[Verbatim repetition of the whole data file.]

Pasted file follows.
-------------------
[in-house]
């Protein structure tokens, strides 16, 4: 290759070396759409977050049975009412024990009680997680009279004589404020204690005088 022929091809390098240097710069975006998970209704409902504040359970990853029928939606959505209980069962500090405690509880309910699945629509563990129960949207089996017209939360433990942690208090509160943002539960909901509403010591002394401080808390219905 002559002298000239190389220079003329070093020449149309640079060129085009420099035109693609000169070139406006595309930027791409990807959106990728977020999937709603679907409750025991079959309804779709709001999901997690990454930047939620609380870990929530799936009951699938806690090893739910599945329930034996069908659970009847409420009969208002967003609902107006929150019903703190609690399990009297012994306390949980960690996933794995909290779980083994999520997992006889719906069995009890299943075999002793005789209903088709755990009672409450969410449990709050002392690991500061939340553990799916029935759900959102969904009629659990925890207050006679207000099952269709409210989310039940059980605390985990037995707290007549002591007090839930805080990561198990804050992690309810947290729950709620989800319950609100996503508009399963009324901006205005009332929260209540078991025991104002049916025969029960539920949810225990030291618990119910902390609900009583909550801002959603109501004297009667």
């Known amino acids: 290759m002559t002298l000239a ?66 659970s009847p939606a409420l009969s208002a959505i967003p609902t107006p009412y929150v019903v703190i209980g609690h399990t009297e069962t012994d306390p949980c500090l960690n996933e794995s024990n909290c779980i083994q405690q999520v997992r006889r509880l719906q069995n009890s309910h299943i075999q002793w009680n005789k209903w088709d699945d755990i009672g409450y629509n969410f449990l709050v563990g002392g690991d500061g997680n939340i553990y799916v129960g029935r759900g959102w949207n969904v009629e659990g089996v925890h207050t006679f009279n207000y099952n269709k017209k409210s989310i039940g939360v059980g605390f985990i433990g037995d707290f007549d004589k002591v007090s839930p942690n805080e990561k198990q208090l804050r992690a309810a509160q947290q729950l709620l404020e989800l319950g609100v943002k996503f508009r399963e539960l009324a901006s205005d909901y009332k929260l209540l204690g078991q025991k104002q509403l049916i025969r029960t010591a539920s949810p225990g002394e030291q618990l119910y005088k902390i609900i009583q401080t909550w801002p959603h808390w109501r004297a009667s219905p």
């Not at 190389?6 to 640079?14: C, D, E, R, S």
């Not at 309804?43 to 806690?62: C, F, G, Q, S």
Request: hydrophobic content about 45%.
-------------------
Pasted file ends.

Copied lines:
[in-house]
């Protein structure tokens, strides 16, 4: 290759070396759409977050049975009412024990009680997680009279004589404020204690005088 022929091809390098240097710069975006998970209704409902504040359970990853029928939606959505209980069962500090405690509880309910699945629509563990129960949207089996017209939360433990942690208090509160943002539960909901509403010591002394401080808390219905 002559002298000239190389220079003329070093020449149309640079060129085009420099035109693609000169070139406006595309930027791409990807959106990728977020999937709603679907409750025991079959309804779709709001999901997690990454930047939620609380870990929530799936009951699938806690090893739910599945329930034996069908659970009847409420009969208002967003609902107006929150019903703190609690399990009297012994306390949980960690996933794995909290779980083994999520997992006889719906069995009890299943075999002793005789209903088709755990009672409450969410449990709050002392690991500061939340553990799916029935759900959102969904009629659990925890207050006679207000099952269709409210989310039940059980605390985990037995707290007549002591007090839930805080990561198990804050992690309810947290729950709620989800319950609100996503508009399963009324901006205005009332929260209540078991025991104002049916025969029960539920949810225990030291618990119910902390609900009583909550801002959603109501004297009667």
């Known amino acids: 290759m002559t002298l000239a ?66 659970s009847p939606a409420l009969s208002a959505i967003p609902t107006p009412y929150v019903v703190i209980g609690h399990t009297e069962t012994d306390p949980c500090l960690n996933e794995s024990n909290c779980i083994q405690q999520v997992r006889r509880l719906q069995n009890s309910h299943i075999q002793w009680n005789k209903w088709d699945d755990i009672g409450y629509n969410f449990l709050v563990g002392g690991d500061g997680n939340i553990y799916v129960g029935r759900g959102w949207n969904v009629e659990g089996v925890h207050t006679f009279n207000y099952n269709k017209k409210s989310i039940g939360v059980g605390f985990i433990g037995d707290f007549d004589k002591v007090s839930p942690n805080e990561k198990q208090l804050r992690a309810a509160q947290q729950l709620l404020e989800l319950g609100v943002k996503f508009r399963e539960l009324a901006s205005d909901y009332k929260l209540l204690g078991q025991k104002q509403l049916i025969r029960t010591a539920s949810p225990g002394e030291q618990l119910y005088k902390i609900i009583q401080t909550w801002p959603h808390w109501r004297a009667s219905p």
């Not at 190389?6 to 640079?14: C, D, E, R, S």
């Not at 309804?43 to 806690?62: C, F, G, Q, S």
Request: hydrophobic content about 45%.